\In front of the hall mirror he had conducted one final check: the gold note-clip, with a suitable amount of cash, the little crocodile-skin wallet containing all his cards, both of these in his left trouser pocket; his key-ring and mobile in the right pocket; his black notebook with the pen clipped to the spine in his left inside pocket; and his best friend, little Sigge, tucked securely in the ankle holster on the inside of his left leg.
Bäckström nodded with approval at the finished result. All that remained was the most important thing. A suitable dose of malt whisky from the crystal carafe on the hall table. Two throat-sweets in his mouth the moment the delightful aftertaste had subsided, and another handful in the side pocket of his jacket, just in case.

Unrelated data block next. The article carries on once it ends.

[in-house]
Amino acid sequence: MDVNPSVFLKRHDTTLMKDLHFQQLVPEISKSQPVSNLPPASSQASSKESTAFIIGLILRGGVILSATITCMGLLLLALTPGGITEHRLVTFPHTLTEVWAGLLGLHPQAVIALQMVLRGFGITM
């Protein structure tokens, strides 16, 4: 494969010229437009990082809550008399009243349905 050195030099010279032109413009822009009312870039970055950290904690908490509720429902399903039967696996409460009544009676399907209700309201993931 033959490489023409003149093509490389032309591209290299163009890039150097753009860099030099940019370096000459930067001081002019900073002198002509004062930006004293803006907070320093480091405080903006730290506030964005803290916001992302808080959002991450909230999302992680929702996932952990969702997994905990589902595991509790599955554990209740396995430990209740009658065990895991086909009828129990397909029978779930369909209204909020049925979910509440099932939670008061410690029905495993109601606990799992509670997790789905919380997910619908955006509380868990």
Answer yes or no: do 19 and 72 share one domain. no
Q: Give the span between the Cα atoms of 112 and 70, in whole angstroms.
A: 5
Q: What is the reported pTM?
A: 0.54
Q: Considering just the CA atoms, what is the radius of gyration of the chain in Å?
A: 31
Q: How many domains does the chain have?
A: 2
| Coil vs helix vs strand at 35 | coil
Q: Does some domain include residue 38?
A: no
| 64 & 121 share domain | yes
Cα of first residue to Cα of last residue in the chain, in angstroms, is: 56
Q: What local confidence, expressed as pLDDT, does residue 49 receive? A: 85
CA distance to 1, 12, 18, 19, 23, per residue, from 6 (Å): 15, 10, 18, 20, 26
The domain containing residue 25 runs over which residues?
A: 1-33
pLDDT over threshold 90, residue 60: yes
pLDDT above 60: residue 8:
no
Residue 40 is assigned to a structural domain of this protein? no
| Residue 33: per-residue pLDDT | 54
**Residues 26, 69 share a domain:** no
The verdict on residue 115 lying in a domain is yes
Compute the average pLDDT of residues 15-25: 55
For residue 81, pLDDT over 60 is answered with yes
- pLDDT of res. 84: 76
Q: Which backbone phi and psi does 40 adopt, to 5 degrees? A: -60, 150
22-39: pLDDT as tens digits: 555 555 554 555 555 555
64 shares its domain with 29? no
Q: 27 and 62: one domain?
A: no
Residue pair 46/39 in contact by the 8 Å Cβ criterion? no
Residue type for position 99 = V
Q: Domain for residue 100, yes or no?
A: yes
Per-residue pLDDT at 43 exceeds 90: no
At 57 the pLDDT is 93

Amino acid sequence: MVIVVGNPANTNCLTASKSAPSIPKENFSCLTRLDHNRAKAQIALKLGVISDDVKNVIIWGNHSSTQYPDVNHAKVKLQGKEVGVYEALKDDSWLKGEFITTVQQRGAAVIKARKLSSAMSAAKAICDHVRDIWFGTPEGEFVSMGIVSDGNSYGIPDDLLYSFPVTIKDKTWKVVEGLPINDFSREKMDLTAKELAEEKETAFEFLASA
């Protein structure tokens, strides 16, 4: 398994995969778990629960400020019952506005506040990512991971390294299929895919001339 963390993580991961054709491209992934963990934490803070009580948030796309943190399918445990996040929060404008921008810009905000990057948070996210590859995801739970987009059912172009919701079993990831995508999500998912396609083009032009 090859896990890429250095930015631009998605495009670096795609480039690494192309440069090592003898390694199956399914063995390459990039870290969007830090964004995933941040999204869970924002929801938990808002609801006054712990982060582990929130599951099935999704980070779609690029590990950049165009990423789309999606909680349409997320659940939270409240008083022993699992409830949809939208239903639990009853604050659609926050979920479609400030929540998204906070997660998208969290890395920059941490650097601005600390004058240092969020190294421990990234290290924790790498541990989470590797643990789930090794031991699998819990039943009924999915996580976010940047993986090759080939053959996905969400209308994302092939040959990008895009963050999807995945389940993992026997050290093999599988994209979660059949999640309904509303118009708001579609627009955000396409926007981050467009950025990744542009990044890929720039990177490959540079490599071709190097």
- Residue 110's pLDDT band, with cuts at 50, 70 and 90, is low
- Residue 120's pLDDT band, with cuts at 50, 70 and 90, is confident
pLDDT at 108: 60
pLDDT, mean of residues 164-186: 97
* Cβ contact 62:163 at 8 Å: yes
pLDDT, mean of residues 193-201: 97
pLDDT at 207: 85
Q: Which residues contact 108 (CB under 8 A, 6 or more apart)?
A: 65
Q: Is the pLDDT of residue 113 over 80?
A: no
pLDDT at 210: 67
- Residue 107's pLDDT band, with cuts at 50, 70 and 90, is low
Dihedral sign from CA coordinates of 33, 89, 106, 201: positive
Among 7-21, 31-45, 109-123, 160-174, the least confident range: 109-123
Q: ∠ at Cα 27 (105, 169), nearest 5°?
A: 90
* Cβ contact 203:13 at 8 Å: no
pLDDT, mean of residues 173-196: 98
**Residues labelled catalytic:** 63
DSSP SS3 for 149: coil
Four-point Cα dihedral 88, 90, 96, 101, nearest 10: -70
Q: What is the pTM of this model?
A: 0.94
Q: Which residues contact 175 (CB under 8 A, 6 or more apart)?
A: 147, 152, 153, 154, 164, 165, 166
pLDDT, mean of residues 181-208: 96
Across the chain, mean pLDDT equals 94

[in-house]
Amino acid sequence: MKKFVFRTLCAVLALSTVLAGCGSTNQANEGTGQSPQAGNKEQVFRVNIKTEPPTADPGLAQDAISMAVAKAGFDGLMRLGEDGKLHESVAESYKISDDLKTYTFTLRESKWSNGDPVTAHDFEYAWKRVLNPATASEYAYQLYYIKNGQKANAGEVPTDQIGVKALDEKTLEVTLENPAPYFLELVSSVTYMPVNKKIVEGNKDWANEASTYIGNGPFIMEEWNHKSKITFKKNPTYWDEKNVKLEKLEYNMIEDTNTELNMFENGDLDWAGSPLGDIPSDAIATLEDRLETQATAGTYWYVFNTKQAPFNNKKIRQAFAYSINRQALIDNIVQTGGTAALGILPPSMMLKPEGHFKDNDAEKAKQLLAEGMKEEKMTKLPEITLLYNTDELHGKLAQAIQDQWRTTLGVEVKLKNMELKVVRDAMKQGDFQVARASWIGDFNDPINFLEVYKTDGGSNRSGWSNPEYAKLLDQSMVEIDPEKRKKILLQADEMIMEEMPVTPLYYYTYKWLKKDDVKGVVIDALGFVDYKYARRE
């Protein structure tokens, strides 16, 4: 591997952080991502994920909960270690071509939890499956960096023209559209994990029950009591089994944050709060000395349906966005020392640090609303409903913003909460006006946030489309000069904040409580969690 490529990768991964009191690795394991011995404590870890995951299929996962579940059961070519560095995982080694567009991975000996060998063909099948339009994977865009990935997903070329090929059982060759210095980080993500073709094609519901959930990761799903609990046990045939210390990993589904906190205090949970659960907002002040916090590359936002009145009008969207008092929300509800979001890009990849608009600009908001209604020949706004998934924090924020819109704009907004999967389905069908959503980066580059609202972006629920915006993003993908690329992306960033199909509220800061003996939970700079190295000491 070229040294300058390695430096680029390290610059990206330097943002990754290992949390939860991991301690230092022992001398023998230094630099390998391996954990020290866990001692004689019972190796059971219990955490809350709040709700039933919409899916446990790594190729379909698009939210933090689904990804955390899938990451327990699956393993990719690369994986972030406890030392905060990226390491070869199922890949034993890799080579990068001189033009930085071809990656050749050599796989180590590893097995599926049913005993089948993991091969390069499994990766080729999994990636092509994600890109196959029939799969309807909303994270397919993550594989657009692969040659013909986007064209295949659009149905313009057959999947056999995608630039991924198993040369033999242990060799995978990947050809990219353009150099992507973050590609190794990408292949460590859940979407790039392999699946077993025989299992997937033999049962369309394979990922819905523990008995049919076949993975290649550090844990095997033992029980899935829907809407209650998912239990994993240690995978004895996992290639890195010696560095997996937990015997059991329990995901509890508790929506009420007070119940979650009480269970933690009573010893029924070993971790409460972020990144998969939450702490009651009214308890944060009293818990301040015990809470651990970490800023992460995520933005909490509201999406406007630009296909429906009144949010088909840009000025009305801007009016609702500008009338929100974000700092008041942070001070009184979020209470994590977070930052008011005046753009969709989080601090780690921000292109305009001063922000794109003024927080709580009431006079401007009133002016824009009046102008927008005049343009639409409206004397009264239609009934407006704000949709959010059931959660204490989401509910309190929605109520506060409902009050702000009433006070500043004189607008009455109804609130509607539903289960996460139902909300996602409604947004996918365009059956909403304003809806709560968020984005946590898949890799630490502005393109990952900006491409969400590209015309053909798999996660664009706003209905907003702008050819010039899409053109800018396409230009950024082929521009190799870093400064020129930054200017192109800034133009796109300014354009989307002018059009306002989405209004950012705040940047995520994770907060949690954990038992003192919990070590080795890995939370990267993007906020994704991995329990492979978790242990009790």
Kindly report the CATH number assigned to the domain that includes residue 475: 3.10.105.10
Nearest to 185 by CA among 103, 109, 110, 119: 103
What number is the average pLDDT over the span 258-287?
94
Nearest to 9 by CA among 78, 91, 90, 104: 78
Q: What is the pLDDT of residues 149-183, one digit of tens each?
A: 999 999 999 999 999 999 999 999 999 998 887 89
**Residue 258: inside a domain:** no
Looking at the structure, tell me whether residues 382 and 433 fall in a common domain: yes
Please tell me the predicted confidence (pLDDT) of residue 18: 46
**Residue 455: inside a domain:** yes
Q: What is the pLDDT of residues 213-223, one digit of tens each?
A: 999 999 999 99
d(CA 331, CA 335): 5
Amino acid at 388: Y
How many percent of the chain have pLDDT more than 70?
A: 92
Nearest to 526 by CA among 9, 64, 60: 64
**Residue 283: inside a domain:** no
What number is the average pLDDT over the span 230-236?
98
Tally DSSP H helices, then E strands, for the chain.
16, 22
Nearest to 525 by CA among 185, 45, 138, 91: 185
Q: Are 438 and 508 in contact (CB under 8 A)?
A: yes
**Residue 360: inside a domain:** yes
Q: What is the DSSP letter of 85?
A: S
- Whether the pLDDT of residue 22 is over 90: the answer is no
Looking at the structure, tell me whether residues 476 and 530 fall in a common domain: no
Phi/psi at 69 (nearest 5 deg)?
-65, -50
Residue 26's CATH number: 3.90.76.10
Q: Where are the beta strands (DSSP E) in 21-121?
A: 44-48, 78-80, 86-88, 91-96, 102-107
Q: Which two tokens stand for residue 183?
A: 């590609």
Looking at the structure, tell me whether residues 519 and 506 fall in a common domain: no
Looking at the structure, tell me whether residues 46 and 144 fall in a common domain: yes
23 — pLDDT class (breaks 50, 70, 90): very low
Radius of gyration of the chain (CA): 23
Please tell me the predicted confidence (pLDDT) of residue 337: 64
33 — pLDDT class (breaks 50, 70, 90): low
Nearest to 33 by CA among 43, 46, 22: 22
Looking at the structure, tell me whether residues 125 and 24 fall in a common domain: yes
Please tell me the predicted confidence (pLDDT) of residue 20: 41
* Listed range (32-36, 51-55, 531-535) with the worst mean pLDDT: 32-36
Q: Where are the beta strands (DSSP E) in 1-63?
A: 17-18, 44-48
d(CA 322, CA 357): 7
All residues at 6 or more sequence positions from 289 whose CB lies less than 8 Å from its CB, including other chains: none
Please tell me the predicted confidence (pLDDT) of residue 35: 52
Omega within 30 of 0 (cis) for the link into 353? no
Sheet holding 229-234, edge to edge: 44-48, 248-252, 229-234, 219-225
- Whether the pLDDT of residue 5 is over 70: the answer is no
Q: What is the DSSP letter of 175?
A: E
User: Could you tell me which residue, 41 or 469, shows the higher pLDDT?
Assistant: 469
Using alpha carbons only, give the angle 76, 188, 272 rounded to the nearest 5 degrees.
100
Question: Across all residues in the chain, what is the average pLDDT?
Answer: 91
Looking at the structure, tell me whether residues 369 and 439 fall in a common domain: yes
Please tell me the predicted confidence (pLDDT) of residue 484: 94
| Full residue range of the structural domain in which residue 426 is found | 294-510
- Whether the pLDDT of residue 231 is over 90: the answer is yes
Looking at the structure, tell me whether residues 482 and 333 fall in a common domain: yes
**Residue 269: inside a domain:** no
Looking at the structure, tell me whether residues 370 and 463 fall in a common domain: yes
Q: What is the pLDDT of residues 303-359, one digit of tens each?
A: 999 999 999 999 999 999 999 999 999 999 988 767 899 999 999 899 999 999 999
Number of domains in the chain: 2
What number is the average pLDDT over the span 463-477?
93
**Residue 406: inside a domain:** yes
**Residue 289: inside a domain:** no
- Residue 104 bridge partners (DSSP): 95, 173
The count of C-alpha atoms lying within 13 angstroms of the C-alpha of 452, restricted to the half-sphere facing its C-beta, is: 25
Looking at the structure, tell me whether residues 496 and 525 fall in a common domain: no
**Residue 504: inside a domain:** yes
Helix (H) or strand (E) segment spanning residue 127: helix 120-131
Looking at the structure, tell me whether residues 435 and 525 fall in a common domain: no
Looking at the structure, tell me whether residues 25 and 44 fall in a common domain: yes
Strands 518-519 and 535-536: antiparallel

When he stepped out into the street the sun was shining in a cloudless sky, and even though it was only the beginning of June, the temperature had to be at least twenty degrees already. The first proper summer day, and just what you had the right to expect on a day like that.
The duty officer in Solna had sent a patrol car containing two young officers, skinny, spotty creatures, but the one who was driving had at least picked up the basics when it came to the authority’s management practices. He had both held the door open and moved his seat forward so that Bäckström could sit in the back seat without having to sit where suspects usually sat, or crease his neatly-pressed trousers.
‘Good morning, boss,’ the driver said, with a polite nod. ‘Not a bad day.’
‘Yes, looks like it’s going to be a real scorcher,’ his partner agreed. ‘A pleasure to meet you, by the way, Superintendent.’
Ålstensgatan 127,’ Bäckström said with a curt nod. To fend off any further observations he demonstratively took out his black notebook and made his first note on the case. ‘Detective Superintendent Evert Bäckström leaves his residence on Kungsholmen 0700 to visit the crime-scene,’ Bäckström wrote, but the message evidently didn’t get through, because the youngsters started up again before the car had even pulled out onto Fridhemsgatan.